Bill Burton knows what it feels like to have a bullet whiz by your head.
“It makes a little whispering sound. A little wind will come from it, too. I know about that,” said the 89-year-old veteran.
A corporal in the U.S. Army during World War II, Burton was visiting the Barber Vintage Motorsports Museum, in Birmingham, Ala., recently, when he saw a 1942 Harley Davidson WLA, identical to the one he rode in North Africa and Sicily.
“I was sure I saw this motorcycle in a storage building on this property on TV,” Burton said. “I just had to see it again. There’s about four of these motorcycles on the other floor. I just figured that maybe one of them has been painted over.”
It’s possible that it could be the one, according to the museum’s technical adviser, Brian Slark.
“When we bought them, they were already painted; they were already finished,” he said. “Who knows? They’re 60-70 years old, you never know.”
Standing next to the military Harley — the same vintage as his “Ginny” — Burton looked on with a mix of nostalgia and pride. “I feel like I could get up on it, crank it up and take off,” he said. Burton rode three motorcycles during his service, but “Ginny” was his favorite. When he was issued the bike, it already wore the name, which happened to be his mother’s name.
Burton said he was 16 when he went off to war, falsifying the paperwork. “My mom wouldn’t sign it, but my daddy did. He scribbled her name on there and went on.”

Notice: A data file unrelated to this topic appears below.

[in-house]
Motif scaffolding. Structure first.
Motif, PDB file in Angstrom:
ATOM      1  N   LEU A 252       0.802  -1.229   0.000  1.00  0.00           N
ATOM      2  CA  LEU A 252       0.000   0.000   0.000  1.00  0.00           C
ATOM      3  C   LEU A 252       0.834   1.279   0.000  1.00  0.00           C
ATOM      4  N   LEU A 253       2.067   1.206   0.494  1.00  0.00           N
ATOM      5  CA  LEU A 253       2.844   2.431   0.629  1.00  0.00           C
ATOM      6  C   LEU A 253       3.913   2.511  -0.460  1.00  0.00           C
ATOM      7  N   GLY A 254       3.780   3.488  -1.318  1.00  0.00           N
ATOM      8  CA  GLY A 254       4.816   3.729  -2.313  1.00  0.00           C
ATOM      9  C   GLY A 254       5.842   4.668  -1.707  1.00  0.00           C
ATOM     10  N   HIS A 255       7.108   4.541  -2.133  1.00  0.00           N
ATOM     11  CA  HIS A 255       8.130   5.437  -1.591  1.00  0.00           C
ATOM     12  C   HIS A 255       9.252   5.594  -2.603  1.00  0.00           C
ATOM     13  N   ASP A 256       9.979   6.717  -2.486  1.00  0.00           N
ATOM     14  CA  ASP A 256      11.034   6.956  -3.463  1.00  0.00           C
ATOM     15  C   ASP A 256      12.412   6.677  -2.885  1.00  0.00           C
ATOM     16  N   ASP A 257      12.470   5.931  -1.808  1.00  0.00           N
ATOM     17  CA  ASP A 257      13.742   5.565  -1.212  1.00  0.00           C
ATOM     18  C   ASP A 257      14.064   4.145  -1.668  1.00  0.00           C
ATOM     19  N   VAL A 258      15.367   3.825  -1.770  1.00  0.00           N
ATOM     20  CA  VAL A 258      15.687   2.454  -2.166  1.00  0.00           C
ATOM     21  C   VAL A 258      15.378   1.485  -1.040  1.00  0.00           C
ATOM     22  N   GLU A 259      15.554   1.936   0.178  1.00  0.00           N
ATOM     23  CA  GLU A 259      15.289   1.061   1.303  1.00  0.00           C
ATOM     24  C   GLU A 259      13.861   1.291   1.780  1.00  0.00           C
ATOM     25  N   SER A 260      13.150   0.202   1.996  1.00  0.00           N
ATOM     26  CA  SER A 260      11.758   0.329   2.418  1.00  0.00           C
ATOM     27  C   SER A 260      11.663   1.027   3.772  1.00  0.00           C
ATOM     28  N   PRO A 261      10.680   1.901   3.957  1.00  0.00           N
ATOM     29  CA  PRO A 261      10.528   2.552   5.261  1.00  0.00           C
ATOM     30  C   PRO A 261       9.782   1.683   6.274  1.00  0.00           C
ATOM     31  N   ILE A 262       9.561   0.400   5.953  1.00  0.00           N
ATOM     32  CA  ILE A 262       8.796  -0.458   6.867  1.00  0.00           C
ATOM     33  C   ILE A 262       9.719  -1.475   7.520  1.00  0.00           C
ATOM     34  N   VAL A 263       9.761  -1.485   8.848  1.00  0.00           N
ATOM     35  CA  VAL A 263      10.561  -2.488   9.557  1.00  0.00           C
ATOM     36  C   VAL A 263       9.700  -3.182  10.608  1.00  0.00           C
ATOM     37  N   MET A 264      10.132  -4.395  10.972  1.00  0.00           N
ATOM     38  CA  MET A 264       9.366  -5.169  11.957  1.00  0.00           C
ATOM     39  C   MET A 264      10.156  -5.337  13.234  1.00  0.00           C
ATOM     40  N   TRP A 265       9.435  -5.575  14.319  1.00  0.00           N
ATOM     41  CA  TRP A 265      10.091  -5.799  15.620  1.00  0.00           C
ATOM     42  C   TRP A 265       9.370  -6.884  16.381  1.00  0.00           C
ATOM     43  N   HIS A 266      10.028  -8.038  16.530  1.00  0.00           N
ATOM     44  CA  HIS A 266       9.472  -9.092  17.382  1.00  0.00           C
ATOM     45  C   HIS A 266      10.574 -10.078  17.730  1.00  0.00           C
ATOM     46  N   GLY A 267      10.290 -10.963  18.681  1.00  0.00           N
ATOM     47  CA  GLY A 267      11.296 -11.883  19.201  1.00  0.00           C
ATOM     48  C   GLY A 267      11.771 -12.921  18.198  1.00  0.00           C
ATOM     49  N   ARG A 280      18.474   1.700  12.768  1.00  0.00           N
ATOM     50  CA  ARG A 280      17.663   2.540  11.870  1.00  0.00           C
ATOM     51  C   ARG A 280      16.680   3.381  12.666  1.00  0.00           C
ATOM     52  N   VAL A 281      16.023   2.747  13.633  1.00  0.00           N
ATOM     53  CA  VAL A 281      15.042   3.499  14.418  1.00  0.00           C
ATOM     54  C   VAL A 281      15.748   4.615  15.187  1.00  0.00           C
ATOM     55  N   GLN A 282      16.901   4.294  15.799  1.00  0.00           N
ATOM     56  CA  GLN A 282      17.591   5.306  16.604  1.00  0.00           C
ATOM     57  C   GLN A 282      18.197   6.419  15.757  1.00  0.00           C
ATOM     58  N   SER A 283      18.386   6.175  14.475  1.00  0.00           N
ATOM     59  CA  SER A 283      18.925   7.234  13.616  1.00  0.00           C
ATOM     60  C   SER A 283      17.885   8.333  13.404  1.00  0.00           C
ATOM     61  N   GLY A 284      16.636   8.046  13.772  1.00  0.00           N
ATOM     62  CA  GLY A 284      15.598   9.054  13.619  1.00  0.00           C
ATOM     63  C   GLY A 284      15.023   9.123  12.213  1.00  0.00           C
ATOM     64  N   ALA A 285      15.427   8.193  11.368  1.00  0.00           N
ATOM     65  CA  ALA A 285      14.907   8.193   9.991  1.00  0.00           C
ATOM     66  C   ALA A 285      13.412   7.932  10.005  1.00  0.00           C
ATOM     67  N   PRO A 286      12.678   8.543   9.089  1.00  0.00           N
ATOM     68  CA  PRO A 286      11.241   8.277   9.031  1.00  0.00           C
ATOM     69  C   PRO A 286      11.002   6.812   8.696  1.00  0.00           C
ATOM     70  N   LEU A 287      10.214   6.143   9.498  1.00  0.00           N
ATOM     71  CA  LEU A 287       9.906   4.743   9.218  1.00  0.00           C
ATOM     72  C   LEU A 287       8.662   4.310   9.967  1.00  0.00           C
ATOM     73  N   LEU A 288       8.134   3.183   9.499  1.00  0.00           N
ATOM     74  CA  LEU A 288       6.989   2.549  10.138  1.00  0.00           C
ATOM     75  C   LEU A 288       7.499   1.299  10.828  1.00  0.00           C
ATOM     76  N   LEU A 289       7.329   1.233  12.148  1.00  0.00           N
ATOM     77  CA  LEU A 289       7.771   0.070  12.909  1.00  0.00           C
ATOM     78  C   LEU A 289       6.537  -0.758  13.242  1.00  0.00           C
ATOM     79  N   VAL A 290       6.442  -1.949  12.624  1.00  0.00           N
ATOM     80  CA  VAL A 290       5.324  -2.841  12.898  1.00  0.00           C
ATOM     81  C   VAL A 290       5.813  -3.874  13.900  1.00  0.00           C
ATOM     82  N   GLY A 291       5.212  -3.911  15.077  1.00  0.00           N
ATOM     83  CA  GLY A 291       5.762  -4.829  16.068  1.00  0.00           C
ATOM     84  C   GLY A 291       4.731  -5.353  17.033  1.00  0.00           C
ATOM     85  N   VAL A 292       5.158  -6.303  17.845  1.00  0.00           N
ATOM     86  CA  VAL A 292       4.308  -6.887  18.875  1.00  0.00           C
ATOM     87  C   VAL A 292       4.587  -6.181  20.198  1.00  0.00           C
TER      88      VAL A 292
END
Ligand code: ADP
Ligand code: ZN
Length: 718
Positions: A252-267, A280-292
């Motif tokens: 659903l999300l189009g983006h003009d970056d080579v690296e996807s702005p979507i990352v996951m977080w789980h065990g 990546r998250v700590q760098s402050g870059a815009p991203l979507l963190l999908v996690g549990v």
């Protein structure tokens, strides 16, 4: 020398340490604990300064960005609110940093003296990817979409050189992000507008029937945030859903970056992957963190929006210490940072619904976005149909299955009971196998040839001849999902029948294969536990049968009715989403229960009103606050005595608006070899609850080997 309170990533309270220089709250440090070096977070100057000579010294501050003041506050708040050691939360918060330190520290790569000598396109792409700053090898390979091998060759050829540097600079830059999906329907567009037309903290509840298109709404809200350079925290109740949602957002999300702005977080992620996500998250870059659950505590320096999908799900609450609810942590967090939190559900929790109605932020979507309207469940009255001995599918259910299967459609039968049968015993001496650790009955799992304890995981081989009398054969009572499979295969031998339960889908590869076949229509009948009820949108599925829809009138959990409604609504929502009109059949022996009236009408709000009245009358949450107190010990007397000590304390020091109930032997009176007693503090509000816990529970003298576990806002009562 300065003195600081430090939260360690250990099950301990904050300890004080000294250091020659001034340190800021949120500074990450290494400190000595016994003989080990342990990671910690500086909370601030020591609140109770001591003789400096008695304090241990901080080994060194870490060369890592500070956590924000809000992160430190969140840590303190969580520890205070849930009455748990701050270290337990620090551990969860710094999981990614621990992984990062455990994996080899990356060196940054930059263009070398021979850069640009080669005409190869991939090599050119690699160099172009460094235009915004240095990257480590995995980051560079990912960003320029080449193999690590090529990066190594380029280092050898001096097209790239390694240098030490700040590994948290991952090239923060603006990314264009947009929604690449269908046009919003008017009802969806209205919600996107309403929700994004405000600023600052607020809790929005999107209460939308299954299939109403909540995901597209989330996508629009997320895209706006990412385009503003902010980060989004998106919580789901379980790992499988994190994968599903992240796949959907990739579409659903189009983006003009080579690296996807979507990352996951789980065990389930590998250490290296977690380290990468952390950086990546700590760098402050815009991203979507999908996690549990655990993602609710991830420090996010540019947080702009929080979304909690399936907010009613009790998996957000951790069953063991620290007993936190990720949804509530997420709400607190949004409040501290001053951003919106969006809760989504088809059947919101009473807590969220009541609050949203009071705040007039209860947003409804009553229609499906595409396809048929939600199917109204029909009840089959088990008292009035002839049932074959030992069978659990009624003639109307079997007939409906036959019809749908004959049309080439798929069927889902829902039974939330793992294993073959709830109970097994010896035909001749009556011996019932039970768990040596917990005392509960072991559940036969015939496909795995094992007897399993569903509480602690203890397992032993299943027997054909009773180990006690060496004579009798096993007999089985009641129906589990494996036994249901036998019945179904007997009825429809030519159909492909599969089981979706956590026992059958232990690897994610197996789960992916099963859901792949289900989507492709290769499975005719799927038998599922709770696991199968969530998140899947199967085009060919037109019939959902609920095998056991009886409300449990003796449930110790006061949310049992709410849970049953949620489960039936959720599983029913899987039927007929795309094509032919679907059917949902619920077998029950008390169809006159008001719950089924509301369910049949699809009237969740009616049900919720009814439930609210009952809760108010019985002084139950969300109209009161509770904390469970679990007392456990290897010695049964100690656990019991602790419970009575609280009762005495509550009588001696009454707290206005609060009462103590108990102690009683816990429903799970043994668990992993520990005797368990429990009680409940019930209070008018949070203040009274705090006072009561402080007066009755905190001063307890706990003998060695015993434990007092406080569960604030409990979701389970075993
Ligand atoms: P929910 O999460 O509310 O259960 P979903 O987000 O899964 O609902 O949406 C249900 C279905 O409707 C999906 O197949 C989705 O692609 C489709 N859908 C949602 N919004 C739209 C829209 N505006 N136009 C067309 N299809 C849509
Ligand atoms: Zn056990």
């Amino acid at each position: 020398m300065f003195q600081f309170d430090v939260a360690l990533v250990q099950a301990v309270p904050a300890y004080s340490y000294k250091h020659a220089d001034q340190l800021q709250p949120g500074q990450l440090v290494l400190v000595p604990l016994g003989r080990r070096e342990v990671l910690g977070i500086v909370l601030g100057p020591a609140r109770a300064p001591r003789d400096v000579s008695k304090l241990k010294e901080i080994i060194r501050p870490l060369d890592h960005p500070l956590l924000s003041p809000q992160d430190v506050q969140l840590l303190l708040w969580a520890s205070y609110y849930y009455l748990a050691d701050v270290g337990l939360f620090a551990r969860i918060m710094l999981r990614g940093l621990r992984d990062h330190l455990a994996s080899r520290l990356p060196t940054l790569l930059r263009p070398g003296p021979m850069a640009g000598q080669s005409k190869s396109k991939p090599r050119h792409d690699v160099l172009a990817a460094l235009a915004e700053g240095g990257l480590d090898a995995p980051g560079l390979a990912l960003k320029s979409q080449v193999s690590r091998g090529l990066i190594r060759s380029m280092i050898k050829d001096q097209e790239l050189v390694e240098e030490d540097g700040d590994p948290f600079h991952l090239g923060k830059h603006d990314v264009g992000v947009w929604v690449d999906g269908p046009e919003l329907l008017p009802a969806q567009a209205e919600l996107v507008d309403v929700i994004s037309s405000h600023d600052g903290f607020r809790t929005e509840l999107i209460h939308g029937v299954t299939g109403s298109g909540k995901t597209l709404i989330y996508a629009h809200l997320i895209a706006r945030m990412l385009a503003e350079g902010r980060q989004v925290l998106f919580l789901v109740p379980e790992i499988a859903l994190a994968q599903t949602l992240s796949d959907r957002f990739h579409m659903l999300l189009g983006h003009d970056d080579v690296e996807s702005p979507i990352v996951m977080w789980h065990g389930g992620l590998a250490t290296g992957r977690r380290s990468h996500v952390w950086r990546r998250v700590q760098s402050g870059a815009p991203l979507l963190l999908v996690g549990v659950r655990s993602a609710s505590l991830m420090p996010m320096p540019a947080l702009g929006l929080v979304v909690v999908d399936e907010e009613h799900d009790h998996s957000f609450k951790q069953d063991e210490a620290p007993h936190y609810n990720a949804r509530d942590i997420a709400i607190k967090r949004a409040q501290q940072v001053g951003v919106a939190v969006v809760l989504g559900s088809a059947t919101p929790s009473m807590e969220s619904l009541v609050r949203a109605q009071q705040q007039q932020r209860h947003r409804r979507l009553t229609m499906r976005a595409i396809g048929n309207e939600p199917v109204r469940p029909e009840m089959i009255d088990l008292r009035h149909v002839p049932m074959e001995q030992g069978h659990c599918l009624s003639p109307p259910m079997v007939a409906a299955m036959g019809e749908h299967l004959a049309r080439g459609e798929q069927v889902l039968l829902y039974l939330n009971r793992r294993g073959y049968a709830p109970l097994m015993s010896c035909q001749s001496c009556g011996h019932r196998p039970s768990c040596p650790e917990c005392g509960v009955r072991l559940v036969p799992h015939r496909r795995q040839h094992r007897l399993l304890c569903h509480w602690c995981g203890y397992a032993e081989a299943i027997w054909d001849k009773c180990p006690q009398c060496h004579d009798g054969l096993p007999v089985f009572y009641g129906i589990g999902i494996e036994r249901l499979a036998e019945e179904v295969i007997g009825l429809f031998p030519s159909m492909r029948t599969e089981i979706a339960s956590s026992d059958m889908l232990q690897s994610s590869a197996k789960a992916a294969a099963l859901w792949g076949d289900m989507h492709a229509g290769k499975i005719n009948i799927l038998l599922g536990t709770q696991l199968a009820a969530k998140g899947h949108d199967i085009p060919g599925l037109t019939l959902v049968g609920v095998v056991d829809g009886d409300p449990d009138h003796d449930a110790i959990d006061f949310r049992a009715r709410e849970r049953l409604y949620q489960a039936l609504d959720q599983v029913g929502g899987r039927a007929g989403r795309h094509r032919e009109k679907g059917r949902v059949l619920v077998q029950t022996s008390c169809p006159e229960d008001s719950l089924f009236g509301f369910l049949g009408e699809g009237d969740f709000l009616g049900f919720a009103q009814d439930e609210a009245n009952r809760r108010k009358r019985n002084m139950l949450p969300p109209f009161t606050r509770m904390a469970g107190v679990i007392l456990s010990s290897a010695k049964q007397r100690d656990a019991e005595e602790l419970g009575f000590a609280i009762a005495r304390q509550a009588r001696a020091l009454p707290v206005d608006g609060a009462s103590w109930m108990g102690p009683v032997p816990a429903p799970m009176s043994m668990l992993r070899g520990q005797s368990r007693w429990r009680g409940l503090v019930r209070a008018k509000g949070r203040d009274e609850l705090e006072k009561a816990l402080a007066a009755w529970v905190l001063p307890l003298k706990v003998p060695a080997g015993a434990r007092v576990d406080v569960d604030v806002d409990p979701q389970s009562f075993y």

Of the 12 children in his family, only a deaf sister didn’t serve. He said he told his mother she should get a medal for having so many kids who served.
The museum is home to more than 1,300 motorcycles and contains the largest vintage Lotus racecar collection in North America. George Barber, an Alabama native, began collecting motorcycles 24 years ago. The collection grew over the years, and The Barber Museum became the largest philanthropic project taken on by an individual in the history of the state.
The museum is a working exhibit. On the lower level, technicians spend their workweek restoring vehicles to near-original condition. Virtually every vehicle on display can be ready to drive within an hour. As members and guests walk through automotive history, they hear the sound of machines being brought back to life.
Outside on the racetrack, cars and motorcycles are heard and seen racing on most days and weekends as part of the 830-acre motorsports park.
Burton, of nearby Bessemer, Ala., shared his war stories with family members and museum staff.
“I could tell you things, some bad ones and some good ones. I could write a book. I’m 89 years old, not too old for anything,” he said.
Burton said that after the war he had an opportunity to buy another Harley, but his wife gave him an ultimatum.
“I carried it down to the house, and she looked at that thing, she said, ‘It’s either me or the motorcycle — which one do you want?’ And I got to thinking about that, I hadn’t been married for long, and I said, ‘heck, I better take this thing back to that man,’” Burton said.
The museum’s executive director Jeff Ray was enthusiastic about Burton’s visit and believes the museum holds many more stories.
“Every motorcycle here had a rider, and every car here had a driver,” Ray said. “This means each exhibit offers its own unique story. The stories are what bring life to this place, and we have an incredible collection that we’re excited to share.”
Burton stood next to the 1942 Harley, surrounded by dozens of other military motorcycles in the Barber collection.
“I loved that motorcycle … still do.”